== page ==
"We do not have to be slaves to our own minds. We can make changes at ?any time," says Dan Guerra, Psy.D., a leading expert in behavioral ?change and stress management. Dr. Guerra's innovative treatments help? people emerge better versions of themselves so they're more fulfilled? in their personal relationships, successful in their careers, and they enjoy an ?overall improvement in the quality of their lives.

Dr. Guerra's unique approach draws on traditional psychotherapy,? Eastern philosophy, mind-body approaches, and the dramatic arts to? tailor treatments to his clients. His tireless pursuit of healing and? freeing people from negative behavioral patterns has led him down many? different avenues. Dr. Guerra is a psychologist, psychotherapist,? mindfulness meditation teacher, e... See full profile

Class Ratings

Expectations Met?
  • Exceeded!
  • Yes
  • Somewhat
  • Not really
Reviews Archive

In October 2018, we updated our review system to improve the way we collect feedback. Below are the reviews written before that update.

Why Join Skillshare?

Take award-winning Skillshare Original Classes

Each class has short lessons, hands-on projects

Your membership supports Skillshare teachers

Learn From Anywhere

Take classes on the go with the Skillshare app. Stream or download to watch on the plane, the subway, or wherever you learn best.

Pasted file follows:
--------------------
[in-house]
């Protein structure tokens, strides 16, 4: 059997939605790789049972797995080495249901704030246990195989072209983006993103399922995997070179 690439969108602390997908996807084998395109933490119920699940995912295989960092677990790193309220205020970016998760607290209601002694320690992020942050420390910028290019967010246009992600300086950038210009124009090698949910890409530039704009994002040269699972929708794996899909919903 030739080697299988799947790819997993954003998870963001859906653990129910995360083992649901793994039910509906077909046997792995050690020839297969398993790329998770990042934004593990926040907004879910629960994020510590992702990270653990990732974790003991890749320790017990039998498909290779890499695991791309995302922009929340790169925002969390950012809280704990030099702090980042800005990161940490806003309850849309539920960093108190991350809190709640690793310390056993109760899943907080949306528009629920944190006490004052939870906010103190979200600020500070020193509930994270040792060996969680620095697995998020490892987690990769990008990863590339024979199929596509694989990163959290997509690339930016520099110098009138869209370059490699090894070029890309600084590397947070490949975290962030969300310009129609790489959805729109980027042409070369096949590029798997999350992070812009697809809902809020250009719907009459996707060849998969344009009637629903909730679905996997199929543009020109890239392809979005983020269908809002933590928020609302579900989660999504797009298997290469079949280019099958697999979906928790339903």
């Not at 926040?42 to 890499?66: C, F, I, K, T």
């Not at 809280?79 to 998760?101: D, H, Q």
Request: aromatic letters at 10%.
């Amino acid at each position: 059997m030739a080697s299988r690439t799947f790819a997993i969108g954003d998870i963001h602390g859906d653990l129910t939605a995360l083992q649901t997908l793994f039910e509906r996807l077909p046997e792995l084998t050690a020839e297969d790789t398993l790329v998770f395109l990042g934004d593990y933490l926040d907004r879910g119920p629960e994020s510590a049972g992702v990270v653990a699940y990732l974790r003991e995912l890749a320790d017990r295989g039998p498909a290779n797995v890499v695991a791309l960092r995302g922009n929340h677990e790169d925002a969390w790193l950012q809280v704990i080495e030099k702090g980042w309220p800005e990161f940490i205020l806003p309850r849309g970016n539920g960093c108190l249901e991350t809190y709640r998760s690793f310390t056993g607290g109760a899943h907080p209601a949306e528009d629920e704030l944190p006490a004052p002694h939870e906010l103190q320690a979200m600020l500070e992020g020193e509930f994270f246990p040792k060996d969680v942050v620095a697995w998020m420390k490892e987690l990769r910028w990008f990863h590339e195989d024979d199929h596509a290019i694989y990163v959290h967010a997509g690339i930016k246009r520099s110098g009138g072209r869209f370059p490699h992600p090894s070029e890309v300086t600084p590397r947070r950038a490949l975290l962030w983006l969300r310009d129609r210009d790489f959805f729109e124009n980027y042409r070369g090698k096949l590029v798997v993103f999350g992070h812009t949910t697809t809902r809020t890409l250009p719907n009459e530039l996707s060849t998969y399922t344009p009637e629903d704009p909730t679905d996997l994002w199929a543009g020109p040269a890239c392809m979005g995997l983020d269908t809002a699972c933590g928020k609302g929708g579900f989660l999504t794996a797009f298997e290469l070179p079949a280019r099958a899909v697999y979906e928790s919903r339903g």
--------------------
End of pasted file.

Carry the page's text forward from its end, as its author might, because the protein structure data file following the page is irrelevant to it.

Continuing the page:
1. Introduction: Hello. My name is Dr Dan Guerra. I'm a clinical psychologist with a private practice based in Manhattan, New York City. I'm also the co author of a book entitled From Stressed to Centered. A Practical Guide to a Healthier and Happier You. I do some executive coaching as well, both for individuals and teams in the areas of leadership, development, work, life balance and stress management. This class will address stress in the workplace and will be the first of a series of classes. So first we'll learn a bit about what stress really is, and maybe what it's not, and how to identify stress triggers in your life and also some practical skills that will teach you how to manage stress better both personally and professionally. And then we'll finish up with the introduction of an action plan, and this will be developed so that you can hold yourself accountable to your own goals. In the area of stress management and work life balance, I have found that it really takes very little toe learn how to manage stress effectively. In other words, it doesn't take a lot of arduous work or burdensome amounts of time to have a positive impact in your life. But it does take a bit of willingness, commitment and regular application on your part in order to reach some level of success. The strategies that I'm going to show you, our evidence based, time tested and they definitely work when applied. Your job is really at first to just get a cursory understanding of these practices. And then Teoh put them into play to apply the regularly and have a way to measure the impact of the technique first, by writing down your experiences as a beginning point to help you hone in to what's working and to what extent it's work. Stress in the workplace usually manifests and things like workload level time demands, difficult conversations and sometimes difficult coworkers or supervisors. I'm sure some of you out there can relate to that. Stress also has a component in the workplace that's related to changes that are going on outside. For example, changes in the organization or poor communication that's out of our control and sometimes another relatable experience. Something like the right hand doesn't really know what the left hand is doing. How many of us have been in a situation like that before. I know I have. So before we delve into those specific work issues, which will also tackle in later classes were first must have an understanding of the basics of stress and how it shows up in us. This is really the starting point because, after all, we can try to focus on the external events that are bringing stress into our life. But really, it's the internal ones that we have somewhat more of control over and a chance of changing directly. So this class will be the first of a series of classes that I plan to develop that will expose you to a wider range of techniques and practices and hopefully levels of understanding that can help you develop a broader and deeper range of tools and practices to apply for stress management and also to address a variety of different contexts and situations. So we're about to begin with ah, few slides to introduce these concepts, and as I mentioned, we're gonna end with a really nice practice that I hope you'll enjoy 2. Stress Indicators: Hello, Just welcoming you again to the class entitled Managing Stress in the Workplace. Class one. My name is Dan Guerra and I'll be your instructor today. So here are the class objectives. First, we're going to take a look at exactly what is stress. I think it's important to define what it is we're trying to manage, so we know what to look for. Then we'll move on to identification of stress and stress triggers. That is, what are the symptoms and signs of stress within me that I can pay attention to and address when learning some skills. Then we'll take a look at one evidence based technique in the realm of stress management and do a deeper dive on that. And finally, what is an action plan? And how can we put that in place to better meet our goals? So let's take a look at some stress statistics. These were taken from Stress in America. Survey is conducted by the American Psychological Association from 2013 to 2017 and as we take a look at these, just let the stress stats sink in a bit. See would resonates with you in your work life experiences or even in your personal life. So chronic work stress is reported by over 1/3 of American workers, and greater than eight in 10 Americans are attached to their gadgets. On a typical day, I'm sure many of us might relate to this. 86% saying they constantly are often checking emails, texts and social media accounts. Money and work remain the top two sources of either very or somewhat significant stress. Almost 1/3 of adults are reporting that stress has a very strong impact on their body or physical and mental health, 35% indicating communication tech. And just that expectation of always being on makes it impossible to stop thinking about work, also contributing to stress. So what is stress? We can see that it has a significant impact on our life experience, including our health and well being. So there's lots of definitions, and each one has merit. Let's take a look at a few here and again, just see how these resonate with you throughout the class today. You might hear me say, you know, take a moment and see how this resonates with you or what feeling or experience this leaves you with that approach that I offer is the beginning, actually, of stress management. It's an invitation to be self aware and to be connected not only intellectually or rationally to what we're talking about, but experientially and emotionally so what it is that you're doing at the moment. So one definition of stresses that it's a physical, mental or emotional strain or tension. A second definition is that stress is a physiological or psychological response to a stressor beyond what is needed to accomplish a task that is that the response sort of is disproportionate to the situation. Let's say third stress can be a persistent psycho physiological condition that results from , ah, perception that sustained of a threat to survival. So it's the continual experience that you're being threatened. Your survival is at stake, and this translates into a psycho physiological condition. So perhaps the most compelling definition, and one that we can work with today is that stress is any change that you have to adapt to . And as you know, we're always needing to adapt to change in this world because change really is the only constant, and as many of you can probably relate, particularly when reflecting on your work experience. That change is the only constant is really the Golden rule or the golden experience? Let's say so. Along with stress comes many changes within the body and the brain as well. So let's just take a quick look and don't worry too much about this nerdy brain chart here . I just wanted to give us a bit of background and what happens with the nervous system when we're under stress. So here you have the brain and you have the central nervous system in the middle of the slide and part of that nervous system is another branch called the autonomic nervous system . The autonomic nervous system, or a N s is broken up into the parasympathetic branch on the left and a sympathetic branch on the right. So the autonomic nervous system is what we have learned now in our modern vernacular, to refer to as the fight or flight rest and digest dimension of our nervous system. Sympathetic branch again on the right, is associated with the fight or flight response, and this is very necessary to our survival. The fight or flight response helps us to deal with imminent threat. Let's take a look at what happens here so you can see that the biological indicators such as dilation of the pupils toe, let more light in and the inhibition or the slowing down of saliva, because digestion is secondary at that moment to survival and glucose increases to bring energy quick energy to the body so that we can flee or fight and in the heart beating faster to move the blood and oxygen to the larger muscles. So why is this happening? Back in the earlier time when we were living in harsher conditions, this might have translated into wild animals that were about to attack or other humans who might have wanted to destroy or fight us and other threatening situations. So today we still experienced fighter flight in times of threat. Thank goodness we need that. But the problem now is that unfortunately, we are over assessing threat in a variety of situations that might not actually be so threatening. And this can cause something that we refer to as sympathetic nervous system over responding . What happens when we earned a great deal of stress is that the sympathetic nervous system branch kind of takes over and we can be in danger of living under constant and increasing stress. Or, in other words, we move from momentary stress to distress. So the parasympathetic branch on the left is probably obvious to you at this point. The opposite indicators in the body and brain that tell us that it's now OK to rest and digest that the threat has been removed and it's okay to relax so clearly. Salivation and digestion is restored, heartbeat slows, pupils can now constrict, and we can live with less light, etcetera. And this balance or this needed balance between the sympathetic and parasympathetic branches of the nervous system is really what we're shooting for. If we're living in a society in which we are that is constantly aligning with sympathetic nervous system over responding, and we need to find ways to help the parasympathetic branch, the rest and die jet just mode to be more available to us easily access and so on. Also, there are more hormones involved with stress than you might first realize hormones and neurotransmitters and the ones at the top of the slide. Epinephrine, cortisol and adrenaline are most associated with stress and other processes in the brain. Serotonin and dopamine are also related to stress, but as well mood, stabilization and feelings of satisfaction, well being and happiness contentment. So let's launch into how we can begin to identify signs and triggers within ourselves that tell us that we may be experiencing stress that could lead to distress. As you can see from this slide, stress shows up on various levels physiologically emotionally, their cognitive or thinking factors that contribute to stress and also stress shows up. Behavioral e Let's take some examples so physically we may see things like rapid heart rate without physical exertion, chronic headaches, difficulty falling asleep or staying asleep, you could experience in digestion, vomiting, diarrhoea or constipation, dryness of the throat and mouth, or even things like nausea, dizziness, feeling exhausted or drained. And that experience of having we say, butterflies in the stomach. All physical indicators. Emotionally, you may experience apathy or feeling of being on edge, irritable mood quicker to anger, anxiety, fear of failure. We're feelings of loneliness or isolation in the cognitive or thinking realm. We find things like trouble concentrating or forgetfulness. Negative thinking. We're dwelling on negative thoughts, racing thoughts being easily embarrassed or preoccupation with self and in extreme examples , thoughts of suicide or self harm and behavioral e. We can notice things like poor judgment, like the use of alcohol or drugs to distract us or relieve us from stress emotions like anger and sadness, sleeping more than usual. Nervous ticks, nail biting or being easily startled, or even isolating yourself from others or procrastinating or neglecting responsibilities. Let's look at some signs of moderate to high levels of stress. This list is not exhaustive, of course, but can help you to begin to think about where you might fall in the range of stress. Maybe a little bit more, maybe a little bit less and how its showing up for you. So some questions and comments you can ask, You know, Are you feeling out of control or overwhelmed? Having difficulty concentrating or remembering things? Have you been more accident prone recently experiencing headaches or dizziness, frequently feeling tired or lacking energy? More incidents of crying or quicker to cry, irritability, experiencing feelings of depression, helplessness, anxiety or panic? Have you noticed out of character responses, increased road rage or snapping or yelling at co workers? Children Well after you can identify what might be operating for you personally, we can begin the process of managing stress better and particularly at the workplace. Well, the first level really has to do with cultivating awareness. An awareness could be developed in three important areas or touch points, if you will, that are an integral and regular part of everyday experience. For today. We'll look at one of those touchpoints and that is the body, the body. We wear it every day. If you could think of it that way, it's with us all the time. It's very accessible and and one might argue it's really the first level off our awareness and experience of self. You remember a few moments ago we discussed physical indicators of stress. Well, today we're going to focus on the body as one area, we can begin cultivating awareness so that we can begin to change the physical impact of stress on our lives. The other two areas are breath and mind, which will address in future classes as a follow up to this one. Now, with breath, we begin to harness our awareness and skill with breathing and breath control exercises, which can be very powerful incumbent, combating the negative aspects of stress on many levels. And lastly, we'll look at mind and by mind here, I mean, how our thoughts and our inner dialogue impact worry and stress and our internal experience as it pertains to stress. So, as mentioned, will look at breath in mind in more detail in future classes. Okay, so this is the fun part. At least I think so. In that it's where we put the ideas and notions about stress into practice. So I'd like to introduce to you one of the evidence based techniques that will address stress in the body. And that's called progressive muscle relaxation, also known as P M R. Now, most people really enjoy this practice s I hope you will. And before we begin, let me outline a few guidelines for you before we begin. So this is a practice where you do not need to necessarily achieve anything. I hope that comes as somewhat of a relief. Simply play the audio portion which comes up next and follow the initial instructions as best you can, and then just listen and follow. You cannot fail it. This and so for once in our lives. Let's turn off that judging mind as best you can and allow yourself to measure your success simply by participating in the practice, not on how well you relaxed or how well you think you did the practice or any of that sort of thing. This kind of shift in our attention and way of being is part of the stress management practice. So give it your best shot. Now. This practice will take about 28 minutes or so, so try to give yourself ample time to do it without being interrupted. Pick a quiet, relaxing space to practice with dim lighting if possible, so enjoy it and try not to skip ahead. Actually go through the whole practice, and at this point, when you're finished with the practice, come back and finish the rest of the slides for the class. 3. PMR Practice: My name is Dan Guerra. This stress management practice is known as a progressive muscle relaxation. It's also called P M. R. In this practice will be tensing and releasing certain muscle groups in the body. This practice will help you to relax the body and the mind. Just one word of caution. This is a tensing and releasing exercise. However, If you're having pain of any sort in the body and particularly in the area of the body that we're focusing on, please do not tense that area. When the instructions tell you to tense the area, just focus on the release. Before beginning the practice of PMR. Decide whether you would like to do the practice from a chair, seated position or lying on the floor. You can lie on the floor on a yoga mat or a rug, as long as it's a fairly firm surface. Do not do this practice while lying on your bed. Let's assume for now that you'll do the practice from a seated position. Okay, she is parallel to the floor, and your feet are flat on the floor. Become aware of your natural breath. Don't try to manipulate your breathing in any special way just observing your natural breath. Now become aware of your hands. Just take a deep inhalation as you inhale. Just clench your hands into fists and hold the breath for a moment or two. Now slowly exhale the breath, and as you exhale, release the hands. Totally feel the difference between tension and relax ation good. Once again, gonna inhale. And as you inhale, slowly bring your hands into fists and hold it there. Not tensing so much that you're moving into pain, but just tensing and holding good. And then exhale and release the hands. And as you release the hands, notice the difference between tension and relaxation. Now bring your attention to your wrists. Inhale the breath and as you inhale with your hands, flat an open. Bend your hands at the wrists joint so that your fingertips point up toward the ceiling, creating some tension in your forearms. Once again, hold the breath for a moment or two and just notice the tension. Study it, and now, as you exhale, release, release the breath and the tension and just relax the hands and wrists completely good once again tensing the forearms by lifting the fingertips up toward the ceiling, holding that tension, noticing it, focusing on it and then exhale and release. And as you exhale, you should time the release of your hands with your exhale and just let go. So nice to begin to feel some relax ation spreading through the hands, wrists and forearms. Now bring your attention to the bicep muscles taken, inhaled breath now and bring your fingertips up to the front of your shoulders. Intends your bicep muscles here. That's it. Joe's creating his intention and noticed the tension. Hold the breath and now slowly exhale and release the arms back down in full release. We're timing the release with the Exhale so that you're letting go of the tension as you let go of your breath. Feel the difference between tension and relaxation. Once again, raising the fingertips to the front of the shoulders tends the bicep muscles on an inhale. Hold it, hold attention there and now exhale and release for release. Come comfortable relaxation, spreading now down the arms and into the hands. Become aware of your shoulders. Take a deep inhalation and lift your shoulders up toward your ears. Make sure to keep the rest of the body relaxed. While you do this, lift them and hold the breath sends the breath on the hold and the tension in the shoulders . And now, very slowly as you exhale, release the shoulders very good in the relaxed position. Just breathe normally now, once again, lifting your shoulders up toward the ears as you inhale. And then when you reach the top, hold it, keeping the rest of the body relaxed. Hold it there, and then, as you exhale release, see if you can time the release with your Exhale. Now bring your attention to the back of your head. If you're sitting up against a couch or lying on the floor, it can inhale the breath and gently push the back of the head against the floor or the couch or chair just enough to create some tension in the head and the neck. If this is not the case that you're sitting in a chair with a head rest or lying on the floor, then you can just sense any tension that you might experience in the head and just inhale and just notice that tension there. Hold the breath for a moment or two studied attention now release as you exhale the breath and bringing the head back to normal position, relaxed and not touching anything. Once again, just tensing the head and upper neck. Inhale. Hold attention, their study it and now release as you exhale the breath and notice the difference between tension and relax ation in the head and upper neck. Very good. Now bring your attention to your eyebrows. First. Just notice the space above your eyebrows. Now taken inhaled breath and raise your eyebrows up, creating ripples in the forehead. See the tension? Notice it, hold it now exhale and let the eyebrows fall down to normal position. Feel the relaxation spreading all along the forehead. Once again, inhale and raise your eyebrows up. Field attention in the forehead. Just notice it and hold it there and now exhale and let the eyebrows fall down right into normal position. Good. Bring your attention to the eyes. Inhale deeply and as you in how squeezed the eyes shut so that no light can get in. Squeeze them now as you inhale and hold the breath. Noticed the tension. Now release the breath and let the eyes relax into a normal closed position, feel the difference once again, inhaling, squeezing the eyes shut and holding the breath for a moment. Notice the tension and then exhale and release and just feel the release and feel. Relax, ation spreading through the forehead down into the eyes. Now take this moment here to notice any differences in the body, particularly the eyes, the forehead, upper neck, arms and hands. Bring your attention now to the nose. Inhale and scrunch the nose up, creating a little tension here. You can do this part of the practice by imagining trying to bring all the parts of your face to the center of your nose. Hold attention there. Notice it now exhale and release the tension in the nose. Feel the face flattened out. You can enjoy this relaxation in your face here, once again inhaling scrunching up the nose, creating tension. Here, hold it, hold the breath, study it, and then as you exhale, release the tension once again feeling the difference between tension and relax ation. Bring your attention to the teeth very gently. Allow the teeth to clinch. Not too hard, but enough to feel some tension in the jaw. Inhale and clench the teeth, hold it and noticed the tension. Now exhale and separate the teeth. You can even wiggle the job that from left to right just helping the release. We hold a lot of tension in the jaw, so it's nice to release the tension here once again, allowing the teeth to clinch just a bit. Feeling some tension in the jaw, hold the inhale and keep the teeth clenched. Notice it, see it No exhale and again separate. The teeth can wiggle the jaw and feel the release calm. Comfortable, relax, ation spreading now through the whole head and face. It's nice to have some control over tension and relaxation. Now bring your attention to the lips. Inhale and press the lips together. Hold attention there. Go ahead, press them together. Notice the tension in and around the mouth. Exhale and gently separate the lips on the exhale. Notice the release and relax ation all around the mouth. Now very good. Once again pressing the lips together. Hold attention there as you inhale. See the tension and now exhale and gently separate the lips on the exhale. Good. Let's bring attention down to the neck. Now on an inhale. Judge the chin forward a bit and bring tension in the neck simply by flexing the neck muscles. There's so many muscles in the next, or just feel them and feel the tension and study it. Keep the rest of your body relaxed as you tense the neck, keeping the rest of the body relaxed as you tense. One body part is called differential relaxation. Hold attention there in the neck. Now exhale and with the Exhale, release the tension in the neck. You're in control here of tension and relaxation. With your breath, you're able to let it go. Tell yourself this as you release good once again, inhaling, shutting the chin forward a bit and bringing tension in the neck, feeling the tension. Once again, study it, and then when you're ready, exhale and release that tension. Good. Now bring your attention to the upper back, gently take the elbows and reach them behind the back, almost as if they were going to touch and just feel the tension in the upper back and maybe even the back of the shoulders. Inhale and hold there, notice it and then exhale and just release the shoulders and arms and back to a normal position once again, now inhaling, reaching the elbows back behind the back almost as if they're touching. Hence the upper back region. And hold the breath and then exhale slowly and gently and release. Notice the release and notice the difference between tension and relaxation. Focus your attention on the muscles in and around the chest. Inhale in. Flex the chest muscles as best you can. Whatever way makes sense to you again, keeping your arms relaxed and head and neck. Just feel the tension in your chest and hold it. Now release the tension as you exhale and feel the release. Once again, inhale flexing the chest muscles. Hold the inhaled breath. I feel tension in and around the chest. Study it and then when you're ready, exhale and release all tension around the chest. Feel the release. Notice it as you let go. Bring your attention to the belly, inhale and tighten the belly a bit, almost as if someone were going to give you a little punch in the stomach area. Hold the tension there, brace for it. Notice it noticed the tension and now exhale and release the tension in the belly. Just let it go. Don't hold on to it at all. Many of us hold tension in the stomach area all the time. Let it go. Feel the difference between tension and relaxation and once again inhaling, tightening the belly a bit, Holding the tension there See it, See the tension And then as you exhale your breath, release that tension. Let it all go good now shifting your attention to the lower back, inhale and very carefully flex the lower back muscles. Just maybe arching the lower back. Just enough to feel a little tension there. Hold it and noticed that. Okay, Now exhale and release the lower back. You can even try releasing by rounding the lower back and dipping the tailbone a bit down into your seat. Exhale and let go. Feel the release Very good once again, now inhaling, flexing the lower back muscles and just feeling tension in the lower back region. Notice that and then exhale and releasing once again the lower back exhaling and letting go . Now bring your attention to your buttocks, inhale and, as you inhale, tends the buttocks muscles right there in your seat. Feel it, notice it and studied attention, old attention right there. Now exhale and release the tension in the buttocks as you exhale. Feel that tension just melting into your seat. Let it go completely with the exhale and once again inhaling and bring some tension to the buttocks. And now exhale and release. Feel the difference between tension and relaxation. Bring your attention to your thigh muscles with your feet flat on the floor. Inhale intends the thighs by drawing the kneecap up towards your hips. Flex the thighs. Hold attention right there, of course. Noticed the tension. I see it. Okay, now exhale and release the thigh muscles. Feel the release and the letting go. Remember to experience the release once again. Tense the thigh muscles. Hold attention there as you inhale, holding the breath and now with your decision, Exhale and release and feel the release. Bring your attention now to the calf muscles. Inhale and raise the heels off the ground, creating tension in the calf muscles. Notice the tension here, feel it, study it and hold now. Exhale and release. The tension in the Cavs feel that released Now relax ation spreading through the whole of the legs once again inhaling. Raise the heels off the ground and feel the tension in the calf muscles and exhale. Release the breath and release the tension in the Cavs. And now bring your attention to your feet. Inhale and scrunch of the feet into balls inside the shoes. The feed can hold a lot of tension, so just feel it here, scrunch them up and hold the tension here with your inhaled breath. Exhale now and release the tension, but letting your feet spill out like water into your shoes again, feel them widen and spread out as you release your breath. Very, very good, since the release again inhaling tensing the feet, bringing them into balls and just feel that tension. Notice it, hold it and the next. How and release by letting your feet spill out and widen and you're releasing your breath. Feel the release. Okay, now get ready for a full body scan. We're going to focus on the whole body at once. Inhale slowly and deeply, and, as you do, tends the hands into fists. Bring them up to the shoulders, lift the shoulders, raised the eyebrows, press the lips together, tense the neck and chest belly and buttocks, legs and feet Hold it, Hold it all feel the tension And now with an audible exhale Just release the tension and the body Let it all go and let the bodies sink into the chair on the release and just keep exhaling all the breath out of the body. We'll do that one more time. So you gonna inhale slowly and deeply tensing the fists, bringing them up to the shoulders, lifting the shoulders, eyebrows, lips, neck, chest, belly, buttocks, legs and feet holding it. And when you're ready with an audible exhale Ah, releasing the tension from the body let it go Feel the release Very good. Just feeling all the comfort and relax ation that you've created throughout the body Feel the release Just enjoying feelings of comfort. Stay in the release position Just noticing your natural breath. Now take notice of any changes that have occurred in the body And now the practice of PMR has ended 4. Action Plan and References: Okay. I hope you enjoyed the PMR practice. Now let's talk about an action plan. Developing your personal action plan is the difference between this class being sort of a one time feel good practice versus an integral and continual process of improvement and development that has a significant long term benefit. But my experience in research in the area of change over the last 20 years shows that goals that are written down have a noticeable increase in being met. And people who write down their objectives report greater satisfaction with the changes that they do make rather than those who do not. So an action plan is a plan that requires and supports self accountability. This transfer is the sense of control and agency a bit from external uncontrollable factors to more internal, stable and effective factors. As mentioned, this should be written down, and your action plan should also be reviewed regularly. Let's say once a week or once a month, if you prefer toe edify your method of improvement and for reaching your goals. So for today, let's start with this simple initial action plan. First, get a piece of paper Yes, paper. If you can I know we like to use our smartphones and what not? But there's something about writing that gets to a different part of the brain and using a pen or pencil to put, uh, that down on paper. If you can't do it and you need to type it in, that would be an okay substitute. But if you have a moment to get a piece of paper and pen that is preferred and simply write down these questions and answer them underneath. What are your current goals for managing stress? What are the current obstacles toward meeting those goals? And what can you commit to this week to move you closer to those goals? Current goals congee things like, perhaps lesson worry. I feel less tension in the body or have a better work life balance. But be sure to choose what's most appropriate for you. Current obstacles. This could be anything from getting home too late from work or having others make too many demands on you. Perhaps an obstacle can be a belief that you'll have to put forth the effort. And really, in the end of the day, not much change will really occur. Whatever it is do a really honest look into one of the obstacles for you personally to meet your goals and write those down and last. What can you commit to again? This can be practicing, let's say progressive muscle relaxation 2 to 3 times this week. Or you might be able to commit to just identifying where your stressors lie and in which categories physical, emotional, behavioral so on. Or it might just be spending five or 10 minutes a day, just reflecting on your action plan or goals for managing stress. Whatever it is that you want to focus on wherever you are in your realistic ability to commit, write those down now and in future classes will see if we can deep in this action plan and add to it so you can pause to write down some of these goals and these objectives and commitments right now. And I would suggest doing it now rather than later, so you can really be sure to be on your way. Okay. And these slides we have some references. Uh, I say we in that this was put together by my colleague Dr Gionta and I. We wrote the book bare list of the top from stress to centered. A practical guide to a healthier and happier you. It's available on Amazon if you're interested in has some of the concepts that we talked about today and more listed there and you might want to have a look at that. But there are a lot of great references out there that you can choose from on this slide and the next, and hopefully that will said she want a course to, uh, having some good reading related to stress management. Okay, I'd like to thank you all for attending, and I really hope you enjoy this class and have benefited from learning some facts about stress and also one of many evidence based techniques in combating the negative effects of stress. If you like the class, I hope you'll recommend it to others who might benefit. I put my contact information here. You're more than welcome to reach out to me with any questions or comments or follow up and again, thank you very much for participating. See you soon